And like a farmer, his heart is in the land and the well-being of his people. And as in countless occasions where I have seen him across Africa, the people trust him and gravitate to him. The peasants listen. They offload their woes on him. He listens patiently to everyone.
As we leave they agree enthusiastically to have a picture taken with their leader. He fusses around them, making sure everyone is in the photograph. He reminds me of a conductor of an orchestra. I think that is a role he was born into. I silently wish we had more leaders like him. The world would be a better place.
Born in Malehice in 1939, Chissano went to Portugal to study medicine in 1961. Forced to flee because of his political activism, he left to Tanzania and became a founding member of the Mozambique Liberation Front (FRELIMO). Key in the transitional negotiations, he was appointed Minister of Foreign Affairs when Mozambique became independent in 1975. With the tragic death of President Samora Machel in 1986 in a suspicious air crash over SA, Chissano was elected as his successor.
With a raging 16-year civil war that saw a million lives lost and wanton destruction of the country, he took the bold step to sign a peace settlement with the former rebel movement, Renamo, in 1992. He led the re-drafting of the Constitution that led the country into multi-party democracy. Immensely popular, he won the election in 1994 and was re-elected in 1999.
Then, with his characteristic humility, although he was allowed by the constitution, he stood down in the 2004 presidential elections, believing that the country needed “new blood.” But he continues in a powerful role as the voice of reason in Africa.
In 2004, President Chissano was the first recipient of the Mo Ibrahim Foundation Achievement in African Leadership award. When informed in a BBC interview ahead of the prize ceremony, Chissano did not even seem to be aware that this prize was bigger than the Nobel Prize. His surprised response was, “What? It’s worth how much? Five MILLION dollars?”
At the formal ceremony to hand over the prize, Kofi Annan, the former UN Secretary-General who led the panel of six judges, informed those attending of Chissano’s absence from the ceremony. “It has been difficult to reach the former president. He was busy in southern Sudan on a United Nations mission to broker peace between the Uganda government and the rebel Lord’s Resistance Army.”
Unlike so many leaders, Chissano chose to be where he was most needed. As Mo Ibrahim said in awarding the prize, “Although Mozambique is still one of the poorest countries, poverty levels have fallen and foreign investment, including tourism, has grown. Its future looks undeniably brighter after President Chissano’s reign than before. As a man who has reconciled a divided nation and built the foundations for a stable, democratic and prosperous future for the country, he is a role model not just for Africa but for the rest of the world.”
In January this year, Chissano, the current co-chair of the High-Level Task Force for the International Conference on Population and Development (ICPD), wrote a courageous open letter to Africa’s leaders, saying: “I encourage leaders to take a strong stand for fundamental human rights, and advance the trajectory for basic freedoms.”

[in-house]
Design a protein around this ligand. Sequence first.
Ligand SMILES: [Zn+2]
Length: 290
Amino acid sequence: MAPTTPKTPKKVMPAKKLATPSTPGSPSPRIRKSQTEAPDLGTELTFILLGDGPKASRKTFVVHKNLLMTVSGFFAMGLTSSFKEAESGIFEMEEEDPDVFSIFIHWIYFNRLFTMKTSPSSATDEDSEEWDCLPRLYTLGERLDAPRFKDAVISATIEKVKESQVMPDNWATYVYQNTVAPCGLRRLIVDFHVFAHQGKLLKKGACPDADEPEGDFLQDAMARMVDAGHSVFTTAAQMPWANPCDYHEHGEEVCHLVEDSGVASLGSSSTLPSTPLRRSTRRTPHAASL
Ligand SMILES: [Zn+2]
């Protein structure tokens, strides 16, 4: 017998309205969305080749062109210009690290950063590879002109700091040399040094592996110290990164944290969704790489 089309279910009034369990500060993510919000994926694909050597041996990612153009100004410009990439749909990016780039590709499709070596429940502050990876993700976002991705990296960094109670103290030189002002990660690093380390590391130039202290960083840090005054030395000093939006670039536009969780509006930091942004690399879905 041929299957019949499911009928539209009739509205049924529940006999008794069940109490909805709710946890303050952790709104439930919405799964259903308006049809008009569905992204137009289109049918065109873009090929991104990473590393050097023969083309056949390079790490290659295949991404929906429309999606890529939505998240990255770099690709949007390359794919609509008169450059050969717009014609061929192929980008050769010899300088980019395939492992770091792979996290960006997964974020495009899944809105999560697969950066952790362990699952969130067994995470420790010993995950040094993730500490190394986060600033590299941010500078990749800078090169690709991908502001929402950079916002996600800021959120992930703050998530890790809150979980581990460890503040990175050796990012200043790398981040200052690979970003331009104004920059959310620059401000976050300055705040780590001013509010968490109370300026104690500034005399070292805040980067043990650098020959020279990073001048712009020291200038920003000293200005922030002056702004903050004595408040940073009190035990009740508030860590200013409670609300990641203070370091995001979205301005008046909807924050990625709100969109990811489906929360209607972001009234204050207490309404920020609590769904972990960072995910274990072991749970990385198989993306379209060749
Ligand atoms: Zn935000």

He added, “We can no longer afford to discriminate against people on the basis of age, sex, ethnicity, migrant status, sexual orientation and gender identity, or any other basis – we need to unleash the full potential of everyone. As an African who has been around a long time, I understand the resistance to these ideas. But I can also step back and see that the larger course of human history, especially of the past century or so, is one of expanding human rights and freedoms. African leaders should be at the helm of this, and not hold back. Not at this critical moment.”
It was sentiment shared by many African citizens.
But Chissano also has a penchant for mischief. In 2004, in his farewell speech as the Chair of the African Union, he threw a meeting of Heads of State into confusion when he addressed them in Swahili. Officials scrambled around looking for interpreters, while Chissano jokingly offered to translate himself, saying: “I make this farewell address as AU chairman in Swahili to further the AU pledge to promote African identity and languages.” Chissano is not a native Swahili-speaker.
Sharing his views at the third Congress of World Elders in 2013, he said: “Children of today face the consequences of climate change and the risks of armed conflict. They are most likely to die of hunger, face displacement…”
Reflecting on the amazing progress humankind has made in technology and space travel, he ponders on failing human values, “Every human being carries highly-charged positive qualities, and they carry a power all of their own. In contrast, anger or hatred diminishes the individual and family, eroding life wherever they occur. Empowered individuals need not manipulate anyone and their perspectives become far-reaching, visionary and effective.” It’s a message to all of us. And hearing him speak lovingly of his wife, Marcelina Rafael, with whom he has four children, I can see that he practises what he preaches.
If only we could see such leaders rise to the top of our countries. Mozambique, not unlike many of our countries in Africa and the world, shows signs of a breakdown of social cohesion again, the rise of new elites and a growing corruption. But Chissano remains tireless. Perhaps like our own precious founding father Nelson Mandela, he reminds us that “[t]o be free is not merely to cast off one’s chains, but to live in a way that respects and enhances the freedom of others.” DM
Nuclear-generated electricity kills fewer humans per megawatt than any other source. This includes solar and hydro power.